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The Need for Cheaper and Faster DNA Sequencing

Next Generation Sequencing and Beyond


Updated September 08, 2013

The DNA Sequencing Market

According to Life Science Market research firm Decibio, the DNA sequencing market was just over one billion dollars in 2011 and it is expected to double by 2016. What's driving this development and growth in sequencing?

Of course, basic researchers use DNA sequencing to better understand the biology of plants, animals, and microbes, and biomedical researchers analyze DNA sequences to find differences associated with various diseases. As more differences in DNA sequences are linked to different pathologies, sequencing becomes more essential for understanding disease biology. Also, though, as more DNA sequence characteristics are linked to various diseases, it becomes a useful tool in the clinic to identify patients that already have or have a tendency to develop certain diseases, and determine which treatments will work best to either prevent or cure them.

We have already reached a point where some DNA sequence features are being used to help determine which patients will respond best to specific drugs. With more sequence information and further improvements in sequencing technology, treatments will become more personalized based on an individual's specific genome sequence. It is this emerging market of personalized medicine that is driving the DNA sequencing market.

First Generation DNA Sequencing

Until about 10 years ago, there was really only one DNA sequencing technology in general use, Sanger sequencing. The Sanger approach relied on DNA replication to identify which of the four A, T, C, or G nucleotide bases that make up the genetic code were at each position in a fragment of DNA. With Sanger sequencing, researchers could read almost a thousand nucleotides of DNA sequence in a reaction. Although automated Sanger sequencing techniques enabled completion of the Human Genome Project ahead of schedule in just under 13 years, in fact, the technology still required too much DNA, reagents, effort, and time to meet the needs of genomic researchers.

To develop a thorough understanding of the genetic features controlling organism development and determining an individual's biological attributes, it would be necessary to sequence hundreds of thousands of genomes of animals and people many many times over. Since most genes are typically a couple thousand bases long and the whole genome of most mammals contains about 3 billion bases, significant improvements in DNA sequencing throughput were necessary. Even systems that automated the Sanger method, such as those offered by Li-Cor or Applied Biosystems, were too expensive and slow. As a result, new techniques that enabled cheaper sequencing of more DNA from less material came on the scene in the early 2000s. It is this next generation of sequencing technology that became the basis of a rapidly developing billion dollar business.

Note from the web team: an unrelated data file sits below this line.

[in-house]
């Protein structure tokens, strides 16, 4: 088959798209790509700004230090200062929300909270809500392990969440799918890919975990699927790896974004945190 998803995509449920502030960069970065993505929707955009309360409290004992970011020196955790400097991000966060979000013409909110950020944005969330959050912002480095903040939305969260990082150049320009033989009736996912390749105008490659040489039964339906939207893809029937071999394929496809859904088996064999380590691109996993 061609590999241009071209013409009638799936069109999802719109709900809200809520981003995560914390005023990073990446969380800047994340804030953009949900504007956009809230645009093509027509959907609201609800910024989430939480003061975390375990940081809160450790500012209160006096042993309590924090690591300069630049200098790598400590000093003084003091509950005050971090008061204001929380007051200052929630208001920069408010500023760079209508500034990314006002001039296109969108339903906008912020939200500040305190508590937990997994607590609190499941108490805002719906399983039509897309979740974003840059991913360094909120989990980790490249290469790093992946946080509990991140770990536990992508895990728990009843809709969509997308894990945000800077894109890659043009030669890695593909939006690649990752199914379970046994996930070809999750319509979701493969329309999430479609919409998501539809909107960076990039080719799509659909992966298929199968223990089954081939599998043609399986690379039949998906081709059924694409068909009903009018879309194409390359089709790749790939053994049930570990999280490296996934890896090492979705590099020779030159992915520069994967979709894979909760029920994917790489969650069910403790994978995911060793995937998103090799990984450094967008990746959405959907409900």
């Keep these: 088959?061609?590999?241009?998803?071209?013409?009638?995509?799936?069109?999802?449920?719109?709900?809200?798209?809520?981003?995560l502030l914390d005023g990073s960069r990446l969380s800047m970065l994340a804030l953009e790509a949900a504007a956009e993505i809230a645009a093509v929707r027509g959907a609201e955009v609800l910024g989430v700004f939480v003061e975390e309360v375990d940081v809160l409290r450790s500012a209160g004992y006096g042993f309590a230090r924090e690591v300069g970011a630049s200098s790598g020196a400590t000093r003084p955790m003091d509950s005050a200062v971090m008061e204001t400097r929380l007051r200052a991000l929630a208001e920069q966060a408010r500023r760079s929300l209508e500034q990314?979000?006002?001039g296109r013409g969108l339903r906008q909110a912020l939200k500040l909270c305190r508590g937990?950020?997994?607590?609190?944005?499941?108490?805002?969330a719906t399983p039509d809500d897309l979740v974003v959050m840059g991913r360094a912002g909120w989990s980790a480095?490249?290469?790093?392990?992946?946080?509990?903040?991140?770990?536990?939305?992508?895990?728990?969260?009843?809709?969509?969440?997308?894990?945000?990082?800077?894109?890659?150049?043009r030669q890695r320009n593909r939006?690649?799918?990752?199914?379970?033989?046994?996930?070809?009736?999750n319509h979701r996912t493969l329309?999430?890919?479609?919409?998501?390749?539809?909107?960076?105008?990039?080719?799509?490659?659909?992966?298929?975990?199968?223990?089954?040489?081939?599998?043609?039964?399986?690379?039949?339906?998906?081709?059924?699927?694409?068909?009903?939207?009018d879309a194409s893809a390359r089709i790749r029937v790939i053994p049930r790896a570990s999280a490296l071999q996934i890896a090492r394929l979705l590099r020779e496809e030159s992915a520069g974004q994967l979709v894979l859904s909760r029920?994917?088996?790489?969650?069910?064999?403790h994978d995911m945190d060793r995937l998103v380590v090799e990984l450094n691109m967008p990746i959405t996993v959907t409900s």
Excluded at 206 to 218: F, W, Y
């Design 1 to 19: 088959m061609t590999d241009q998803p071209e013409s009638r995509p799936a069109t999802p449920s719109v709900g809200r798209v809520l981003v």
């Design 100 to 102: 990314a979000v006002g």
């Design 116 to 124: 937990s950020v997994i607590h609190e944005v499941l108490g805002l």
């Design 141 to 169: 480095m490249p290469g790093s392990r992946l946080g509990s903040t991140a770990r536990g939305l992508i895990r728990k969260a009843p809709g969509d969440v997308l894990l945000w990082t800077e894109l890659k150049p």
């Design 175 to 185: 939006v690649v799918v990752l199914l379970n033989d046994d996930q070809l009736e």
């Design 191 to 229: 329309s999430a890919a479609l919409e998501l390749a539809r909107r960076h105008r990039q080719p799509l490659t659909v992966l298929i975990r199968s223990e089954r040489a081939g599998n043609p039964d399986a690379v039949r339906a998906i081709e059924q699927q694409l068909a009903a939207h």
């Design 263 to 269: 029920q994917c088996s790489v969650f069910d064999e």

Next Generation Sequencing Systems

The first next generation sequencing systems were introduced in the early/mid-2000s. The 454 Corporation, founded in 2000 and later purchased by Roche in 2007, was the first alternative high-throughput sequencing platform on the market. This system relied on DNA replication similar to the previously developed Sanger approach but, instead of stopping synthesis of a portion of the strands at each nucleotide, the 454 instrument used the firefly luciferase enzyme to generate a burst of light when it detected a chemical called pyrophosphatase that was produced each time one of the A, T, C, or G nucleotides was added to a new growing DNA strand (see a short video of this reaction). This approach, used less DNA and allowed a lot of sequences to be run in parallel so that several million nucleotides could be sequenced in a day.

Solexa, a competitor of 454 that was purchased by Illumina in 2007, launched its own system using Sanger-like DNA replication that could also sequence over a billion nucleotides in a run. The Solexa system used fluorescent dyes on the nucleotides to monitor growing DNA strands on beads.